So, by my math... a total 4 hours out of 476 (assuming she was sleeping 7 hours a night, which in our current society is a generous estimate) were going to be put towards this goal - the mythical "muscle tone" that is the fitness equivalent of a unicorn. (This post is too short for me to go into dispelling all of the inherent wrongness of the first paragraph, but to understand why the concept of training to "tone up" annoys me so much you can see the actual definition of "muscle tone" here...)
|"I'd like better upper body muscle tone and a six pack, please..."|
Now, my opinions both of her ability/knowledge as a trainer and, therefore, the certification process that she went through aside (ugh), I couldn't resist posting onto my Facebook wall a comment that said something to the effect of: "Training for fat loss and training for fitness, although related, are not necessarily the same thing"... which actually generated a number of comments/questions (both on the wall itself and directed to me). So, as suggested by a friend - I thought I would elaborate.
Firstly - keep in mind that there is a difference between "Training" and "Exercise"... it is important to understand this concept from the beginning. Not sure what I mean? Read this first...
Secondly, it's not that you can't achieve fat loss without training for it specifically (and this is why they're related), it's that there are ways of training that are more effective for it than others. The problem is that we have developed into an impatient, "fix-it-fast" society with a global case of physical-health ADD, and we change our targets on a weekly, or even daily, basis. ("Wow, what a crazy weekend of debauchery. I know I'm training for an Ironman, but could we do some extra cardio and abs today to make up for my terrible eating and drinking?")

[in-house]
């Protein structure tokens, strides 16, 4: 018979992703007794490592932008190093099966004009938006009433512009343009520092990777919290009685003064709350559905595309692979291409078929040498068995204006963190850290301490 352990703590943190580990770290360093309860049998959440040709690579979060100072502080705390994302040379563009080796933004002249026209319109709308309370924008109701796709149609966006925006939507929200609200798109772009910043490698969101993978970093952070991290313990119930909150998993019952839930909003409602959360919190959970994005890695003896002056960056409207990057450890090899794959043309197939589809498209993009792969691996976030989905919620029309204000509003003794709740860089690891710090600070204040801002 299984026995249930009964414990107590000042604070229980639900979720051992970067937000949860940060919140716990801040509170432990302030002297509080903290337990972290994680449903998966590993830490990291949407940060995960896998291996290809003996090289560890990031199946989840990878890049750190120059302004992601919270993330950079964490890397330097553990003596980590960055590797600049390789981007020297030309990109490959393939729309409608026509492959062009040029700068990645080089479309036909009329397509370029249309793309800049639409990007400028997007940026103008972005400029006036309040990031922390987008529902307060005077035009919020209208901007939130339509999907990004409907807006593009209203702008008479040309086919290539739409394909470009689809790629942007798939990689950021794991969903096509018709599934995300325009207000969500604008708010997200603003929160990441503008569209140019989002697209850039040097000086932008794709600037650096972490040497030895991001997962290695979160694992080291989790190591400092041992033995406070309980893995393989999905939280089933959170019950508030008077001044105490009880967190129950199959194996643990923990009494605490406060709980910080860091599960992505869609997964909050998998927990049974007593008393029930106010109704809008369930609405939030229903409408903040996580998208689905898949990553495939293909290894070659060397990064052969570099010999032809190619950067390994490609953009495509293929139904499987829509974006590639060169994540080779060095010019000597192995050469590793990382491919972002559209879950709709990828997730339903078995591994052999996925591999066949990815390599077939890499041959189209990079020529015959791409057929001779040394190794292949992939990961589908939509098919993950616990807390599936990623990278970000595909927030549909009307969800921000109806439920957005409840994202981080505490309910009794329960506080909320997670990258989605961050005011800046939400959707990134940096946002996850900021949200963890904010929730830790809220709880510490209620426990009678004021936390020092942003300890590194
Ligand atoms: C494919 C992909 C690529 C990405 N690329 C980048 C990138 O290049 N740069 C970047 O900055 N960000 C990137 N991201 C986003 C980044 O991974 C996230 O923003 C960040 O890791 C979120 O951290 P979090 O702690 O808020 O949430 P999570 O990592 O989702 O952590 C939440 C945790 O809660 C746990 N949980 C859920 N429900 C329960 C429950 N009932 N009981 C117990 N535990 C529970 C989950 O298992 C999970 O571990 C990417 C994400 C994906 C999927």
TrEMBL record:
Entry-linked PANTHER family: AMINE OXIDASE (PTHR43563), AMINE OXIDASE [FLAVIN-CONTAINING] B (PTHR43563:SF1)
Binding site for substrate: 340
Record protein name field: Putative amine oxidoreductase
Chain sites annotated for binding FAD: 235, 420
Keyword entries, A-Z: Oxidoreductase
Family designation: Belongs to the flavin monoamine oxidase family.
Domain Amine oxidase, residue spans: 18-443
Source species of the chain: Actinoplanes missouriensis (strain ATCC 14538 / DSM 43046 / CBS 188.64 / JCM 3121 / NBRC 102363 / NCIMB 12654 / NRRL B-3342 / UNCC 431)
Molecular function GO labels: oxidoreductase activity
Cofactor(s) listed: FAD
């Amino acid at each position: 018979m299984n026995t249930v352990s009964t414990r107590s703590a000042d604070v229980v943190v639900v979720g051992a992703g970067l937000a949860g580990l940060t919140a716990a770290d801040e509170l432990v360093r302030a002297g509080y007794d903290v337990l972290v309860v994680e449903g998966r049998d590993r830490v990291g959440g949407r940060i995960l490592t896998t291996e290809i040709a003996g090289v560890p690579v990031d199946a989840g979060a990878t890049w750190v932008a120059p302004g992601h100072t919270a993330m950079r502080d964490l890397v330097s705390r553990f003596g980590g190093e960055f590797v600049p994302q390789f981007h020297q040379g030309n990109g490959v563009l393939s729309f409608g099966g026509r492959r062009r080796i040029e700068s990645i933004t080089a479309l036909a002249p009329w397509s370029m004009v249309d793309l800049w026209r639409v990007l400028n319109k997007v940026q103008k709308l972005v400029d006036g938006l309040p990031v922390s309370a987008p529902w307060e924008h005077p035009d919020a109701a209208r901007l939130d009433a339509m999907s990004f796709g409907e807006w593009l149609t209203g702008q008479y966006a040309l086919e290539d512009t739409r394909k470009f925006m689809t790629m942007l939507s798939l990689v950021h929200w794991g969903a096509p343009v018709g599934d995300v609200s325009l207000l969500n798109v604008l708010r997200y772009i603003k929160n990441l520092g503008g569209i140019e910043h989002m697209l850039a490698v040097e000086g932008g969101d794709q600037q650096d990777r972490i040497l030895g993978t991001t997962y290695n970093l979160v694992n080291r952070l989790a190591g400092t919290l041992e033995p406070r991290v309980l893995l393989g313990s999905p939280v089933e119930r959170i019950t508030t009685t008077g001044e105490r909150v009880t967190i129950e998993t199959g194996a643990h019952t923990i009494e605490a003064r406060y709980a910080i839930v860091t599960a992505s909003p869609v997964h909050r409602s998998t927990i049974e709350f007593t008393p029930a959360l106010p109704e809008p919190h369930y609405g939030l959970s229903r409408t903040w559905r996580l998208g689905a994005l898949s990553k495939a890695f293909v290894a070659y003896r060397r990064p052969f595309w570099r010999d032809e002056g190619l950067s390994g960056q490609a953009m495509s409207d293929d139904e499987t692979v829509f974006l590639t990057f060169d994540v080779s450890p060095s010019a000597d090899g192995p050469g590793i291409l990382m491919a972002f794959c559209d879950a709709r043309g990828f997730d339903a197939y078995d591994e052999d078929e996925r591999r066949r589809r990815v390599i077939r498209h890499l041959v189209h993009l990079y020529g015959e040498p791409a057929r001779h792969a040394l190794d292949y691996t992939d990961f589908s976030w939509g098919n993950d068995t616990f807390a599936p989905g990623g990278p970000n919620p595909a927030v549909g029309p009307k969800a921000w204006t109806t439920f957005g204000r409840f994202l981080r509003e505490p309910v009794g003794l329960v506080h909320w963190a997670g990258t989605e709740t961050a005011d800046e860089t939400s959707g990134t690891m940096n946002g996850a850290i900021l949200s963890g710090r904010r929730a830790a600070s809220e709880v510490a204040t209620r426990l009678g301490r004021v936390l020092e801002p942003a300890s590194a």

So, essentially what I was trying to say in my terse (and unintentionally cryptic) Facebook post is that you need to look at what your primary goal is, how much time and effort you're willing to put into that goal, and then set your program based on those variables. Yes, fat-loss can occur with a huge variety of different training modes and methods - but some are simply more efficient/effective than others and you have to decide what is most important to you.
Oh, and just to beat the metaphorical dead horse, in the end it doesn't matter what you're training for. Barring some sort of medical disorder (which is a smaller percentage than our society of finger-pointing would have you believe) - if you're eating healthy you will lose weight. So regardless of your goals - set your starting point with nutrition.